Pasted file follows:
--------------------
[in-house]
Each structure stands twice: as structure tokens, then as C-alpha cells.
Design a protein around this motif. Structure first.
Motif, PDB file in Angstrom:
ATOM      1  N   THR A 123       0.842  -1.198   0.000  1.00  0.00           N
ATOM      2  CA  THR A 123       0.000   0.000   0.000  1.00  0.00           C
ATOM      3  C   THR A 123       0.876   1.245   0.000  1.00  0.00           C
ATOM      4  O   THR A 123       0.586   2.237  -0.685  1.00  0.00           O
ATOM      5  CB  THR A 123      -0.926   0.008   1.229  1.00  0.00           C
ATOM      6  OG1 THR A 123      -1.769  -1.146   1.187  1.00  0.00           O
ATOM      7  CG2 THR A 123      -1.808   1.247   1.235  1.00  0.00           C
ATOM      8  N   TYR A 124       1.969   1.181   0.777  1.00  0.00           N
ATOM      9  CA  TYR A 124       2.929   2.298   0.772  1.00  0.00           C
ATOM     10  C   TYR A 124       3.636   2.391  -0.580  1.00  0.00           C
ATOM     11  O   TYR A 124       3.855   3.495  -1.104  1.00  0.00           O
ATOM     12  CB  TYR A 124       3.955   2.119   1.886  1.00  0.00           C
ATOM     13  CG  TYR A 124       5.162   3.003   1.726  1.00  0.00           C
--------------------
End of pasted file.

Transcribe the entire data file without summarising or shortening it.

[in-house]
Each structure stands twice: as structure tokens, then as C-alpha cells.
Design a protein around this motif. Structure first.
Motif, PDB file in Angstrom:
ATOM      1  N   THR A 123       0.842  -1.198   0.000  1.00  0.00           N
ATOM      2  CA  THR A 123       0.000   0.000   0.000  1.00  0.00           C
ATOM      3  C   THR A 123       0.876   1.245   0.000  1.00  0.00           C
ATOM      4  O   THR A 123       0.586   2.237  -0.685  1.00  0.00           O
ATOM      5  CB  THR A 123      -0.926   0.008   1.229  1.00  0.00           C
ATOM      6  OG1 THR A 123      -1.769  -1.146   1.187  1.00  0.00           O
ATOM      7  CG2 THR A 123      -1.808   1.247   1.235  1.00  0.00           C
ATOM      8  N   TYR A 124       1.969   1.181   0.777  1.00  0.00           N
ATOM      9  CA  TYR A 124       2.929   2.298   0.772  1.00  0.00           C
ATOM     10  C   TYR A 124       3.636   2.391  -0.580  1.00  0.00           C
ATOM     11  O   TYR A 124       3.855   3.495  -1.104  1.00  0.00           O
ATOM     12  CB  TYR A 124       3.955   2.119   1.886  1.00  0.00           C
ATOM     13  CG  TYR A 124       5.162   3.003   1.726  1.00  0.00           C